“The leadership of the university is very important in situations like that, in being inclusive and open and in setting guidelines and defining policies,” he said.
Douglas recalled visits to universities by controversial figures, such as former vice president Mike Pence and former U.S. secretary of education Betsy DeVos, that were met with strong opposition. The most notable recent political debate that drew crowds of protesters to a college campus was the final debate of the 2020 presidential campaign, held at Belmont University in Tennessee.
Douglas, who is co-chair of a task force on campus free speech at the Bipartisan Policy Center, said faculty members, students, staff and alumni are usually welcomed at and invited to such events.
“They want their locals and faculty to have first dibs to events on their campus,” he said of college administrators.
Douglas said while universities may be open to even the most potentially divisive speakers or events, they generally do not invite obvious conflict or disruptions with policies that “reflect badly on the universities.”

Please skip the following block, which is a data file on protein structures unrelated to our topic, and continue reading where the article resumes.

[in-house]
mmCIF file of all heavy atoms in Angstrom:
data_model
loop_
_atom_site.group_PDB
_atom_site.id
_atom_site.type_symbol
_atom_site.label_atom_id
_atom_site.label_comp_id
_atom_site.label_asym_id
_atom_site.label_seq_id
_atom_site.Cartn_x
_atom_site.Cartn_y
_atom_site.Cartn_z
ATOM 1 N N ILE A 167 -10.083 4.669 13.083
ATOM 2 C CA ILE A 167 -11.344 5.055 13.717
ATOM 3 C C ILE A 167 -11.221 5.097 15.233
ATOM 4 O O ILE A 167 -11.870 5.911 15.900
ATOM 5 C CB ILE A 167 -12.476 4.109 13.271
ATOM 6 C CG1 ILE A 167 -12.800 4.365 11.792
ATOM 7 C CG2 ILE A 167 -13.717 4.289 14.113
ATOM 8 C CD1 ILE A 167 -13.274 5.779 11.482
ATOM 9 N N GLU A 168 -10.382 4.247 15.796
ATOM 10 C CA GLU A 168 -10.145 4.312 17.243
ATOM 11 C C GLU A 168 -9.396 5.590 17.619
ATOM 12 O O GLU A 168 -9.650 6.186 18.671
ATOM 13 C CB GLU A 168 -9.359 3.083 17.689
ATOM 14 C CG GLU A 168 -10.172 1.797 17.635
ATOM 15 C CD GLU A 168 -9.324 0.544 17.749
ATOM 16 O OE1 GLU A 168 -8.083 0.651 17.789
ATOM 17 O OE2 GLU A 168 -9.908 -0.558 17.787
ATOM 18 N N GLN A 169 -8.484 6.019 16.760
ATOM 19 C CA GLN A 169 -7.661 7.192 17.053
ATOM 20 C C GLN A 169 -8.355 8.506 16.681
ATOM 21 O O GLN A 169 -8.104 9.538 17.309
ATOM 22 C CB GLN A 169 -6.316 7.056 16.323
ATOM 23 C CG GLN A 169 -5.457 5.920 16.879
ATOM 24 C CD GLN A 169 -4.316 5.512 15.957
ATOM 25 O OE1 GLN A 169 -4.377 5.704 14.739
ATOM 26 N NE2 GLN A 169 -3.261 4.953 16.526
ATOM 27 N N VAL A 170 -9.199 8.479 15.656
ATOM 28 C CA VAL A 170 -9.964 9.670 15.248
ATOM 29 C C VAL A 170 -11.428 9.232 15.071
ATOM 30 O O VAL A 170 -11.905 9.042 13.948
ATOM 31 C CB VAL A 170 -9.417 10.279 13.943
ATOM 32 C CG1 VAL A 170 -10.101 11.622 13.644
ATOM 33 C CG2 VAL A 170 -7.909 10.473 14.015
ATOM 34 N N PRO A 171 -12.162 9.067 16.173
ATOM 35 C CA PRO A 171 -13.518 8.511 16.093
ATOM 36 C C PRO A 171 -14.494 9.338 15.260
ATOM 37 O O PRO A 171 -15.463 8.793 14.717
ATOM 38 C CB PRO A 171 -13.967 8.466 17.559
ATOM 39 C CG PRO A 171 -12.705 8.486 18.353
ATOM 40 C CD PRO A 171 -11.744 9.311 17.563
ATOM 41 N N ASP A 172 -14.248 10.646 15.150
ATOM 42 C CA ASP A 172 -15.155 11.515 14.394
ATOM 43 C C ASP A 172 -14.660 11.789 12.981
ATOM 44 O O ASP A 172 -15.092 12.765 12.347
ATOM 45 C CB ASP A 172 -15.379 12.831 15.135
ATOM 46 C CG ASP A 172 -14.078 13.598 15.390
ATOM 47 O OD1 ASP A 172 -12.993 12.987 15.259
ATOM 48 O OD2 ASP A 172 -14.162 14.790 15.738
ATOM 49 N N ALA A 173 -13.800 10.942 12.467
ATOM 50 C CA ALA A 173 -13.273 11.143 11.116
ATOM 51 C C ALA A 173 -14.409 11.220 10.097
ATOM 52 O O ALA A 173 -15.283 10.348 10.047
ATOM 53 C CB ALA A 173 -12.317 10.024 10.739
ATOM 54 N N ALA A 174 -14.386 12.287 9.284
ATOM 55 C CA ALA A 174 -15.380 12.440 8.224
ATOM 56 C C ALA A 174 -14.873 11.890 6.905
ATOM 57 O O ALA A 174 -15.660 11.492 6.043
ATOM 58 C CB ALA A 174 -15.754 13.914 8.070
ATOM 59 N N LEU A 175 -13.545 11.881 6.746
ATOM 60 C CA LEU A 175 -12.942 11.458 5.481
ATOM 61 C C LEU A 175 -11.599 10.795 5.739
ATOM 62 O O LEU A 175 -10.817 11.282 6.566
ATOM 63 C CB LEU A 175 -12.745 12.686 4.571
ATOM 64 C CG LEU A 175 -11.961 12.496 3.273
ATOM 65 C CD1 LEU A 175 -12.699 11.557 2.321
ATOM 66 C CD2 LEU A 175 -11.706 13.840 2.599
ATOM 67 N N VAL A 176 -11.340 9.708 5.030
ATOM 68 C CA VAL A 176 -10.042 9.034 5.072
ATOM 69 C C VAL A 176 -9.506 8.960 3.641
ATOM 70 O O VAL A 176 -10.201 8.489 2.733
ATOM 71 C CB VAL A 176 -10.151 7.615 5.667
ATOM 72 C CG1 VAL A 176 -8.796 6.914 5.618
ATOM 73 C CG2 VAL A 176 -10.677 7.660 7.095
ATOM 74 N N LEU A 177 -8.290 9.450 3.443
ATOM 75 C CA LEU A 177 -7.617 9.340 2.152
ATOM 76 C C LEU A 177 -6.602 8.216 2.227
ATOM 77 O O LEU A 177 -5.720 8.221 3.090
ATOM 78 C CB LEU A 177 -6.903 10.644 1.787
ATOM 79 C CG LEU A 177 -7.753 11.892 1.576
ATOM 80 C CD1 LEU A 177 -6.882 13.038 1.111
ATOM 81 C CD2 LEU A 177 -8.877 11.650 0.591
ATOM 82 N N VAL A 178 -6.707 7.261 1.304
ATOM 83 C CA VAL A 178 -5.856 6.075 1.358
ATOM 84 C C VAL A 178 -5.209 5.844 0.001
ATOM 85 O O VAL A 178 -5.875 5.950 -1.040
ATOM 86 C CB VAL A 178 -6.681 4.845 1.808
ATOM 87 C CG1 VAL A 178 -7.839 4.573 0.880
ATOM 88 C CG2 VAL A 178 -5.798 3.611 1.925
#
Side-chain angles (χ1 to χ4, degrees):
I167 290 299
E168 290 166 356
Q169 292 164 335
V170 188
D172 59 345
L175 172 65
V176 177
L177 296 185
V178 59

Still, Douglas said, keeping such events open to the campus is ideal.
“I think it’s more common to give the advantage to students and faculty,” he said.
The incident at Cal State L.A. is an example of how things can get complicated when members of a campus are not invited to, or are specifically barred from, a political event being held on the campus.
Douglas recalled the University of Baltimore inviting DeVos to give its 2017 commencement address. Large numbers of students who objected to her and her policies demanded that the university rescind the invitation. University president Kurt Schmoke set up a forum with students to hear their grievances.
“He said, ‘You can come and I’ll listen to you.’ A big crowd came, he listened, and then he said, ‘She’s coming,’” Douglas said.